SPECIAL OFFER: - Limited Time Only!
(The ad below will not display on your printed page)

Age-by-Age Diaper Buying Guide

As your baby grows and becomes more active, his diapering needs change. Try different brands and styles to find what works best, and keep these age-by-age guidelines in mind.

Newborns: Some parents like a diaper with extra stretch that will accommodate a newborn's rapid growth. You may also want to choose a style with a U-shaped hole cut out to make cord care easier. Since newborns make small messes and get changed very frequently, absorbency isn't a huge issue.

5 to 8 months: Starting baby on solid foods means messier diapers, so a good fit with no leaks is key. Baby may be sleeping longer as well; if he soaks through his bedtime diaper, try ones designed for overnight use.

9 to 24 months: Toddlers are on the go, so look for diapers with strong tabs and plenty of stretch. Change baby often to avoid diaper rash, which can flare up when he's in motion.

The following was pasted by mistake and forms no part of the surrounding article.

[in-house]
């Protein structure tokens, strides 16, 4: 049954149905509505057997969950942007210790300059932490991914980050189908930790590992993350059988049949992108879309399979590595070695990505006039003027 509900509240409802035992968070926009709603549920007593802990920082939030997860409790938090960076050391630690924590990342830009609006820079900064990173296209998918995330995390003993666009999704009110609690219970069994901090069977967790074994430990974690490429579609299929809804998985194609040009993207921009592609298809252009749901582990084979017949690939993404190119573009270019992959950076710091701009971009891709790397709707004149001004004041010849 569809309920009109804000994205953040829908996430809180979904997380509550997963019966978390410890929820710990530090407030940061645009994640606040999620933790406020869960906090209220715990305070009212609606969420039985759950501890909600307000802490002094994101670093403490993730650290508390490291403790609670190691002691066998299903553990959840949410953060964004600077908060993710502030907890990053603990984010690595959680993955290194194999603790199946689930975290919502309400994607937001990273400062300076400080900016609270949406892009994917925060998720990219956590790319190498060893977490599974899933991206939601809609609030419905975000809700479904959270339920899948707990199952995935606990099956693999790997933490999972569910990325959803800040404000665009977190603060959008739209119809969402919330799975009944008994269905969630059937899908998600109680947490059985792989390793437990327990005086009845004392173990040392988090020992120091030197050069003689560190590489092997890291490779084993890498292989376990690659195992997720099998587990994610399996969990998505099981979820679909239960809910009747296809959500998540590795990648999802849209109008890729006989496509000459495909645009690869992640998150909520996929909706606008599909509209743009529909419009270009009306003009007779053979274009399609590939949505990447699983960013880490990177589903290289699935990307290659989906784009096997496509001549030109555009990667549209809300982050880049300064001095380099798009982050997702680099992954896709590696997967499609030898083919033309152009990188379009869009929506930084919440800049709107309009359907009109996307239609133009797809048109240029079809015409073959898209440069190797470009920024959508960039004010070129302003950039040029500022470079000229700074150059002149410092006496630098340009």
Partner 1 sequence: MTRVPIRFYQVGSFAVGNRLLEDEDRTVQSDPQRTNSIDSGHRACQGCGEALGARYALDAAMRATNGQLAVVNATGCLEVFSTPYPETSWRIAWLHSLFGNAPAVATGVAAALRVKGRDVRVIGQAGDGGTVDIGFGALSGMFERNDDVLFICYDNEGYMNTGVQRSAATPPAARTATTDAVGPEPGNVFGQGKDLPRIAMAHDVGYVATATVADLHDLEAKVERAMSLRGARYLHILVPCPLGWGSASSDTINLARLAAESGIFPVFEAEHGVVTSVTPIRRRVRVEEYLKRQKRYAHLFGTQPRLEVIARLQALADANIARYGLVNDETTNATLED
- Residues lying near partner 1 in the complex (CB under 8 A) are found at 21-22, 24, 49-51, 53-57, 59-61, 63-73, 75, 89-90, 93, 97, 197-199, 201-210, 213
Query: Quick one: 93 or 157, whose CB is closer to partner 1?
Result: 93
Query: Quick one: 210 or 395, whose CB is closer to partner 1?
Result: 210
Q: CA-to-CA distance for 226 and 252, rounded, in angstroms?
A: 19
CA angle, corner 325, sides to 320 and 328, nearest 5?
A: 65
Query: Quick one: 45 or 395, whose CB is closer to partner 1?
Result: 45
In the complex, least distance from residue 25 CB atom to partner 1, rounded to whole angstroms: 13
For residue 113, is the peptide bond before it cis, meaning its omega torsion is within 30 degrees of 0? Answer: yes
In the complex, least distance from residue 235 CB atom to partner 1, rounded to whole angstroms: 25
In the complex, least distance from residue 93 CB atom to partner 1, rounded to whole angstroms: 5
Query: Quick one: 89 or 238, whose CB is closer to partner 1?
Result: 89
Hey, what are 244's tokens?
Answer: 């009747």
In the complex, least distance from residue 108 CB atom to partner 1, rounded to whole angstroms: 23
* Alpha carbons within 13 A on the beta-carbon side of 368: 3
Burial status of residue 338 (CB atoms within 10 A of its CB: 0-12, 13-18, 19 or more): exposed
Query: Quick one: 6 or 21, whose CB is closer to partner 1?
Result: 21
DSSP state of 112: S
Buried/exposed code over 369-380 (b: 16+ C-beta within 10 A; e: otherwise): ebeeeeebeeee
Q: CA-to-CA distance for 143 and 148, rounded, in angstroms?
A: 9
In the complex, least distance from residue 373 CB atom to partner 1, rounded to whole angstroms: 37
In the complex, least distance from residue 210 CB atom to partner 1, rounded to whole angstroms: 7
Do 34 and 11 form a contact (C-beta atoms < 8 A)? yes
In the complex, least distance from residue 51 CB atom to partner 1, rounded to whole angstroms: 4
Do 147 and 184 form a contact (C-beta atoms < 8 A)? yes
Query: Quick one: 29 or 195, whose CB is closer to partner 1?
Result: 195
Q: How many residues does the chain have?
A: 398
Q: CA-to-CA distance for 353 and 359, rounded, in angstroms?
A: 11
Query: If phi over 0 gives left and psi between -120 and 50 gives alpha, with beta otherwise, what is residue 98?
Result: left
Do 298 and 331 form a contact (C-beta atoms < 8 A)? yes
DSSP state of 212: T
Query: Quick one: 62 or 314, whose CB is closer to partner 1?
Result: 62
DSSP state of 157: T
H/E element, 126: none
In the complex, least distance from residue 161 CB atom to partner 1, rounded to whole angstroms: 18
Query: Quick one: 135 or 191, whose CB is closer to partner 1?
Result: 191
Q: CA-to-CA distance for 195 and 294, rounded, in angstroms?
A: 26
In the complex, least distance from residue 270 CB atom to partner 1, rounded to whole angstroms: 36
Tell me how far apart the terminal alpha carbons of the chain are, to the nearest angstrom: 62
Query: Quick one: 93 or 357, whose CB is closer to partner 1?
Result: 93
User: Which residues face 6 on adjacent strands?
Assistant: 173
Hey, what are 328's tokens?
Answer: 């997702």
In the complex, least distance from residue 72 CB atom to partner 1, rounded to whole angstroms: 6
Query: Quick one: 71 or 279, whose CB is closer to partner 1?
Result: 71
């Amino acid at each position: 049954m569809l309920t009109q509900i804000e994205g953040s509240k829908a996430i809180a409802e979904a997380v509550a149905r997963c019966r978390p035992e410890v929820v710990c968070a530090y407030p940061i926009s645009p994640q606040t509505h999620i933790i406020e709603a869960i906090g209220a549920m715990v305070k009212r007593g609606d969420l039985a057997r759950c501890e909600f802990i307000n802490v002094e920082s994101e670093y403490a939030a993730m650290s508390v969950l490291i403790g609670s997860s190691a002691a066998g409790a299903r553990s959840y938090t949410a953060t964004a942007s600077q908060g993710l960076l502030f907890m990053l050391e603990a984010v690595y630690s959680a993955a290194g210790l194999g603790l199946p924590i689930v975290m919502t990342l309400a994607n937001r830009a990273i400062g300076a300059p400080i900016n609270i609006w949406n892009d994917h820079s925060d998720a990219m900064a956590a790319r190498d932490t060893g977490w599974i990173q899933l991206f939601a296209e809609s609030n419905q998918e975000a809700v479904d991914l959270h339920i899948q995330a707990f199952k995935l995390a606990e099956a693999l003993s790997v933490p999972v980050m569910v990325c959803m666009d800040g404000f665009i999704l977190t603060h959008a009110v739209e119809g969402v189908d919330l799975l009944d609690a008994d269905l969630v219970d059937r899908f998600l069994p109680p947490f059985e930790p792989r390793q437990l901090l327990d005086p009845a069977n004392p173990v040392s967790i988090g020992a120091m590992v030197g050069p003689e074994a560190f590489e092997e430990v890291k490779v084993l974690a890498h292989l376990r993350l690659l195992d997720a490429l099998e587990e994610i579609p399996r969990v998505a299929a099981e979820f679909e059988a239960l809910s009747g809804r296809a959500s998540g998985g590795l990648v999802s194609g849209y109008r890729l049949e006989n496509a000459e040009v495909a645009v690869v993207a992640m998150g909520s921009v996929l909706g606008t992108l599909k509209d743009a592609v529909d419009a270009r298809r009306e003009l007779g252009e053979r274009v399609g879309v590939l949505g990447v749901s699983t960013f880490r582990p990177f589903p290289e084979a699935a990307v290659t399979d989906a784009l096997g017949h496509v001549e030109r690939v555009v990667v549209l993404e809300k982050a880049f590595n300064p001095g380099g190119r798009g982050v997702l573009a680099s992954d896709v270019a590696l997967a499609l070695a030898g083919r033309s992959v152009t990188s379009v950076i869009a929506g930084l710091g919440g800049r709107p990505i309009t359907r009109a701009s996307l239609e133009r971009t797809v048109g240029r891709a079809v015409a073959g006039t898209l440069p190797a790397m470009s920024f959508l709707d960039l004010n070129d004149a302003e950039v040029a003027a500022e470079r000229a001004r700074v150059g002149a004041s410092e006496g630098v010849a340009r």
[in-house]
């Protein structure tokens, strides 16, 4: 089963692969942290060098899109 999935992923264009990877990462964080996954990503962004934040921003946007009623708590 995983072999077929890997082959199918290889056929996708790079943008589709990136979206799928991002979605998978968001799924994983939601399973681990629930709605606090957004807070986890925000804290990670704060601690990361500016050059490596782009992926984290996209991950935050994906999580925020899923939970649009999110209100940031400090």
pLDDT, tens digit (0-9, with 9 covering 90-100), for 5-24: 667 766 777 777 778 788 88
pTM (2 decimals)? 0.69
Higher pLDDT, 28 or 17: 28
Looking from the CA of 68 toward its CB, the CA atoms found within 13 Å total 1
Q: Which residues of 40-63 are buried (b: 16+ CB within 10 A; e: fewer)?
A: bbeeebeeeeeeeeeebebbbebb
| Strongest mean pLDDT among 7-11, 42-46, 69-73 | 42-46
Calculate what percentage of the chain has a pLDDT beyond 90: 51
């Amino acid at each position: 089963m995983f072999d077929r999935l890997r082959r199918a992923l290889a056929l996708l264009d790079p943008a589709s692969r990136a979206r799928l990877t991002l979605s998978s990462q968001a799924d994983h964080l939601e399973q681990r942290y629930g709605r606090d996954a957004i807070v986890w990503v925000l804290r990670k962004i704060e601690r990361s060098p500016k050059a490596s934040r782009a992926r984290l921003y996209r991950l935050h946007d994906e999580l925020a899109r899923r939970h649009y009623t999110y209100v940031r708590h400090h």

24 months and up: It's potty time! Some families like disposable training pants because kids can easily take them off and they're great for accidents. Others say that kids won't use the potty if they're wearing something that feels and acts just like a diaper. Experiment to see what works for you.

You'd think in our age of speed and convenience that cloth diapers would have gone the way of the black-and-white TV. But parents still use them for several reasons: They're reusable, environmentally friendly and, according to the American Academy of Pediatrics and the National Association of Diaper Services, less expensive than disposables.

Most cloth-diaper families use a diaper service, which appears with fresh diapers (and launders the dirty ones!) on a regular schedule. Diaper services also provide a hamper and deodorant for your home, and sell diaper covers with Velcro closures so you don't need pins.

However, even cloth devotees often buy some disposables. If your baby makes a big mess away from home, the last thing you want is to carry around a soiled, smelly cloth diaper.

And disposables trap a lot of liquid within the diaper, away from baby's skin. Cotton diapers, on the other hand, may be less absorbent and could require more frequent changes. The choice is yours.

Originally published in American Baby magazine, January 2004.